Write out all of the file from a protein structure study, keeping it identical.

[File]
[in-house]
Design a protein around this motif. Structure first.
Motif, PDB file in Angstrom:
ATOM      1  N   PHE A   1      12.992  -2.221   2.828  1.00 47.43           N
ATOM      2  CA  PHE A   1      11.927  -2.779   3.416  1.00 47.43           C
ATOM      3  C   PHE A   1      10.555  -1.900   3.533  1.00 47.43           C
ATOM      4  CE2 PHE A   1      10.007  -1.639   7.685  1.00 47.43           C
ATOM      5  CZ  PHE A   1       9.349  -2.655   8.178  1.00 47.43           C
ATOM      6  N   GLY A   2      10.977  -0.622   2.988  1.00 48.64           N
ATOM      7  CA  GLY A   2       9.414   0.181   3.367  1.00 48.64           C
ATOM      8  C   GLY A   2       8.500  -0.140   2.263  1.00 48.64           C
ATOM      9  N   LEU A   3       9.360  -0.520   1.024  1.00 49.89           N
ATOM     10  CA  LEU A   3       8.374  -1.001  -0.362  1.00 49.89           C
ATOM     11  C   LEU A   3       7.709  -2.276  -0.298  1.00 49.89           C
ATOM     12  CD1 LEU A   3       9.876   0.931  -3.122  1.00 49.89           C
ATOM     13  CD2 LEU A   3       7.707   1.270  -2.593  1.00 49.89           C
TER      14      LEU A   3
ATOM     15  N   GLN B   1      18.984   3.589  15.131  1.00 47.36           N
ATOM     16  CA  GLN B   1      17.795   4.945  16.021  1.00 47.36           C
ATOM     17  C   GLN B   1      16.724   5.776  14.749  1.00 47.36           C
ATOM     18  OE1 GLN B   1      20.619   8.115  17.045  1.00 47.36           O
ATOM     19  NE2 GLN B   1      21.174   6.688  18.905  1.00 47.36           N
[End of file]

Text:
[in-house]
Design a protein around this motif. Structure first.
Motif, PDB file in Angstrom:
ATOM      1  N   PHE A   1      12.992  -2.221   2.828  1.00 47.43           N
ATOM      2  CA  PHE A   1      11.927  -2.779   3.416  1.00 47.43           C
ATOM      3  C   PHE A   1      10.555  -1.900   3.533  1.00 47.43           C
ATOM      4  CE2 PHE A   1      10.007  -1.639   7.685  1.00 47.43           C
ATOM      5  CZ  PHE A   1       9.349  -2.655   8.178  1.00 47.43           C
ATOM      6  N   GLY A   2      10.977  -0.622   2.988  1.00 48.64           N
ATOM      7  CA  GLY A   2       9.414   0.181   3.367  1.00 48.64           C
ATOM      8  C   GLY A   2       8.500  -0.140   2.263  1.00 48.64           C
ATOM      9  N   LEU A   3       9.360  -0.520   1.024  1.00 49.89           N
ATOM     10  CA  LEU A   3       8.374  -1.001  -0.362  1.00 49.89           C
ATOM     11  C   LEU A   3       7.709  -2.276  -0.298  1.00 49.89           C
ATOM     12  CD1 LEU A   3       9.876   0.931  -3.122  1.00 49.89           C
ATOM     13  CD2 LEU A   3       7.707   1.270  -2.593  1.00 49.89           C
TER      14      LEU A   3
ATOM     15  N   GLN B   1      18.984   3.589  15.131  1.00 47.36           N
ATOM     16  CA  GLN B   1      17.795   4.945  16.021  1.00 47.36           C
ATOM     17  C   GLN B   1      16.724   5.776  14.749  1.00 47.36           C
ATOM     18  OE1 GLN B   1      20.619   8.115  17.045  1.00 47.36           O
ATOM     19  NE2 GLN B   1      21.174   6.688  18.905  1.00 47.36           N